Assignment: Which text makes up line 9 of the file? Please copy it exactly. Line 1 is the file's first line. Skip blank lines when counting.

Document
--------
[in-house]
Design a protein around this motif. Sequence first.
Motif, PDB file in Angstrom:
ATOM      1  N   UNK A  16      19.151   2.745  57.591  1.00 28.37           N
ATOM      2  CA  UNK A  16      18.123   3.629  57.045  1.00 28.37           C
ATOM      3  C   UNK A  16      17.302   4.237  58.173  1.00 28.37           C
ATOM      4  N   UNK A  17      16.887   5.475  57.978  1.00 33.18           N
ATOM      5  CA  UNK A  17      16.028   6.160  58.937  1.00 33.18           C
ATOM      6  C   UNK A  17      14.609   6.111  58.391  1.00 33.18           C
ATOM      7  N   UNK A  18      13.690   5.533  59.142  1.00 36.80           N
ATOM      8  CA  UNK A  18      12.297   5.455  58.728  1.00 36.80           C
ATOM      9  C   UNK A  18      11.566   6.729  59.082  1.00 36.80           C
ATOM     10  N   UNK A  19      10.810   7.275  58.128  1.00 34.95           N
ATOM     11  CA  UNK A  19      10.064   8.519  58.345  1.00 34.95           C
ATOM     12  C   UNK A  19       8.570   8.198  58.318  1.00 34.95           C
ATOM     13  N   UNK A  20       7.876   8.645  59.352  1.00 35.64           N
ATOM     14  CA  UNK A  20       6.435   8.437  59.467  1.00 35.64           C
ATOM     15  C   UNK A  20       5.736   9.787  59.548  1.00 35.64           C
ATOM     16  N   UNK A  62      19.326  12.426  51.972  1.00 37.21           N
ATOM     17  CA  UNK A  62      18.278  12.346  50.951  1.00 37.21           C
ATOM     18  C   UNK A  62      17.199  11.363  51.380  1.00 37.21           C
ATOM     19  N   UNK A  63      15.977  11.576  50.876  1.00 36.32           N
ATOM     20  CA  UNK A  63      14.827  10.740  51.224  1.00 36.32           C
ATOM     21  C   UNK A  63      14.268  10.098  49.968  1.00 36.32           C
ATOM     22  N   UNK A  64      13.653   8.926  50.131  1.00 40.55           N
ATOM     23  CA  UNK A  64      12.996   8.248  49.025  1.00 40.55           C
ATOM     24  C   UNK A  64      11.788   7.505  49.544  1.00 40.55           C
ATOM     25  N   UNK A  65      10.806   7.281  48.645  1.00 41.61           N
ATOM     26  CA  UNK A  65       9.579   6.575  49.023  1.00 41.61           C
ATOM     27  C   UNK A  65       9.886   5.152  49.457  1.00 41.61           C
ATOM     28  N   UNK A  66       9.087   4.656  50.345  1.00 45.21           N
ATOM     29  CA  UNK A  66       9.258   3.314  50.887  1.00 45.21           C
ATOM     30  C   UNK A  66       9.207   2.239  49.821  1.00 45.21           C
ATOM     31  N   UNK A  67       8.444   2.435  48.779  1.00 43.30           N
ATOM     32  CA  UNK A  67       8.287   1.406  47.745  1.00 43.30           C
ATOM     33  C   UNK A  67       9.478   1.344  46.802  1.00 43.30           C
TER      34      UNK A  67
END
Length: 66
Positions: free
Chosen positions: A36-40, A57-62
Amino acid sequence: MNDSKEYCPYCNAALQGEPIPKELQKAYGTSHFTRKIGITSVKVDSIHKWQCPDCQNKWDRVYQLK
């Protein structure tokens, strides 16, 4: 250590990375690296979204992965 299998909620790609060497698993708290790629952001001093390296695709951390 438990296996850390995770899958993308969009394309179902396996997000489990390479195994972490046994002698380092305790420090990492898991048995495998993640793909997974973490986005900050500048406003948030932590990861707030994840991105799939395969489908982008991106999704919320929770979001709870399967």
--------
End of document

ATOM      6  C   UNK A  17      14.609   6.111  58.391  1.00 33.18           C